10 Surprisingly Processed Foods
One of the guiding principles of Core Performance nutrition is eating clean, or choosing the least processed foods available to fuel your body. If you think you’re eating clean but you’re not seeing the results you want, check our list below of surprisingly processed foods. Some brands of so-called healthy foods, like yogurt, tofu, and veggie burgers, are loaded with sugar, additives, and other preservatives that can derail an otherwise clean diet. Here's our list of foods to watch out for and recommendations for what to eat instead.
Many leading brands of yogurt are packed with high-fructose corn syrup, modified corn starch, artificial coloring, and preservatives. These ingredients provide few health benefits, and high-fructose corn syrup has been linked to increased appetite and insulin resistance.
Healthier Choice: Go Greek! Greek yogurt has three times as much protein, nearly as much calcium, and less sodium than traditional yogurt. Try Chobani or FAGE.
2. Veggie Burgers
The primary ingredient in many veggie burgers is texturized vegetable protein, a product made by extracting soy protein from soy beans, heating it, and drying it. Veggies, seeds, nuts, and legumes usually appear further down on the ingredient list with additives like artificial colors and flavors, preservatives, and modified starch.
Healthier Choice: Try a grilled veggie sandwich using fresh veggies on whole wheat bread. For extra protein, add edamame, tempeh, or a slice of low-fat cheese. If you love veggie burgers, Dr. Praeger's All Natural Veggie Burgers are less processed compared to other brands.
3. Multigrain Bread
The majority of multigrain breads sold in grocery stores are simply white bread with grains and coloring added to it. These breads may seem healthy, but they're actually loaded with sugar and contain minimal fiber, so you won't feel as full and may eat more as a result.
Healthier Choice: Look for bread with 100 percent whole wheat on the label and whole wheat flour listed as the first ingredient on the nutrition panel. This will provide you with a healthy amount of complex carbohydrates and fiber to help you feel fuller, longer.
This popular Asian staple is made by soaking, boiling, grinding, and straining soy beans before coagulating the protein and oil with salt or acid. While this protein is an excellent source of calcium and vitamin D, the process of making tofu actually destroys some of the isoflavones that are good for your health. The firmer the tofu, the more processed it is.
Healthier Choice: Shop for unprocessed forms of soy like tempeh, soybeans (edamame), or soy nuts for healthier skin and a healthy heart.
5. Granola Bars
These bite-sized snacks may seem like a quick, healthy snack option, but many of them are packed with sugar, high-fructose corn syrup, trans fat, and artificial colors, flavorings, coconut and palm oil, and cream and butter.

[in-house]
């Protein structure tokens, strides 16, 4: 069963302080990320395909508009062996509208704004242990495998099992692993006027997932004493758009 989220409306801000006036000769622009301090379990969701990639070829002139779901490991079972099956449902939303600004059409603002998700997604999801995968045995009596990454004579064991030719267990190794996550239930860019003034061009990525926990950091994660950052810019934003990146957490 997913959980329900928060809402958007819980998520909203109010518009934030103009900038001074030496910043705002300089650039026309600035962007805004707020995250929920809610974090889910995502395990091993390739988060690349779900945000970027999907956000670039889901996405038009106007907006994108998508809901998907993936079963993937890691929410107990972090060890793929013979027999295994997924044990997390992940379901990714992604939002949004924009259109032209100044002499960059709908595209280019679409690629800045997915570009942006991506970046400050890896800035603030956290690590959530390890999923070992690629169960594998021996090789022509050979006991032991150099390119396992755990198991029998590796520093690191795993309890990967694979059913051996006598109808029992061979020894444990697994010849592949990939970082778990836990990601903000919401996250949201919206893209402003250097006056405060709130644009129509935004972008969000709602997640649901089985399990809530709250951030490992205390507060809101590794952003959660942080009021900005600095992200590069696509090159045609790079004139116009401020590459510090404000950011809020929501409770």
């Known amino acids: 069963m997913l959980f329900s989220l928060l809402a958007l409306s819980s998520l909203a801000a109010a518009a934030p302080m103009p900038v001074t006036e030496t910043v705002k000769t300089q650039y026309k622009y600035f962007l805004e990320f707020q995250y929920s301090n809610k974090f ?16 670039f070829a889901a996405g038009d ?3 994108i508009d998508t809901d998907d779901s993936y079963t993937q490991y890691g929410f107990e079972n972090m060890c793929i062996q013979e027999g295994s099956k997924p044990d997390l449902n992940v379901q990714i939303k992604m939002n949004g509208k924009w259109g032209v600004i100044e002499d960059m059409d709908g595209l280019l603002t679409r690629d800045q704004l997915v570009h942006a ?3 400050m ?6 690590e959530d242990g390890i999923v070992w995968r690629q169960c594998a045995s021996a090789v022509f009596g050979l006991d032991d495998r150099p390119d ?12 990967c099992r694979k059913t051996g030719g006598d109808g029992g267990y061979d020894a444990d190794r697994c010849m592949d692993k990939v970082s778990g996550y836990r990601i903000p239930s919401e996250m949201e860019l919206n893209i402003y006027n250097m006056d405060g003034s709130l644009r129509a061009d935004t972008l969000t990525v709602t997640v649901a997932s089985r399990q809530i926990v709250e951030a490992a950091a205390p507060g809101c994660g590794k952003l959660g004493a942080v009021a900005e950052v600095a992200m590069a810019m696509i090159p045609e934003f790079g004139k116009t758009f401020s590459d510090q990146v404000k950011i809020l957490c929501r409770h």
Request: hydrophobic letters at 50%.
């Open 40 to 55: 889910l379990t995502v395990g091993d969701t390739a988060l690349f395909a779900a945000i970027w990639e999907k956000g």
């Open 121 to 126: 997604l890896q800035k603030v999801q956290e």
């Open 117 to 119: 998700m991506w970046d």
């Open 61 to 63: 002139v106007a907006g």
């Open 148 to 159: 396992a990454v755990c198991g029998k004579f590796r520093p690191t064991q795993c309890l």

Healthier Choice: Look for a bar with more than 3 g of fiber, more than 4 g of protein, and less than 10 g of sugar per serving. A great option is Kashi.
6. Trail Mix
These pre-packaged mixes appear to be the perfect on-the-go snack, but they're typically doused in oil and sugar and loaded with preservatives, anti-caking chemicals, and artificial colors and flavors.
Healthier Choice: Create your own trail mix at home by mixing unsalted peanuts with unsweetened dried fruit and whole grain cereal (multigrain Cheerios are a good choice).
7. Commercially-Prepared Soup
Despite offering a wide-range of veggies, a single can of soup often contains more than the daily recommended amount of sodium. Plus, these soups are often loaded with chemically-manipulated ingredients like MSG, high-fructose corn syrup, artificial colors and flavors.
Healthier Choice: If you want a canned soup, choose one labeled reduced-sodium such as Amy's Organic soups. Add fresh or frozen veggies to increase the nutritional value. Or whip up your own healthy soup at home. Visit our recipe library for some healthy soup options.
8. "Healthy" Frozen Meals
Frozen meals are a fuss-free meal option, but they're typically light on veggies and high in refined grains, preservatives, artificial flavors, and loaded with sodium.
Healthier Choice: Make home-cooked meals on the weekend, break them into portion-controlled servings, and pop them in the freezer. Keep staples like chicken breasts, peanut butter, eggs, frozen veggies, and whole wheat pasta and rice on hand for quick meals.
9. Lunch Meat
A lunchtime staple, pre-sliced lunch meat is typically high in sodium, calories, and fat, and loaded with preservatives and artificial flavors.
Healthier Choice: Bake, broil, or grill turkey, chicken, or beef in big batches and freeze it for later. If that isn't an option, then choose lunch meats from the deli counter. They have fewer preservatives than pre-packed lunch meats.
10. Banana Chips
These crunchy yellow discs are bathed in coconut oil and sugar, which gives them a nutrition profile worse than that of French fries.
Healthier Choice: Chop up and freeze bananas for a healthier banana-based treat, or pop light popcorn to satisfy your craving for something crunchy.
For more clean eating tips, read "How to Eat Clean."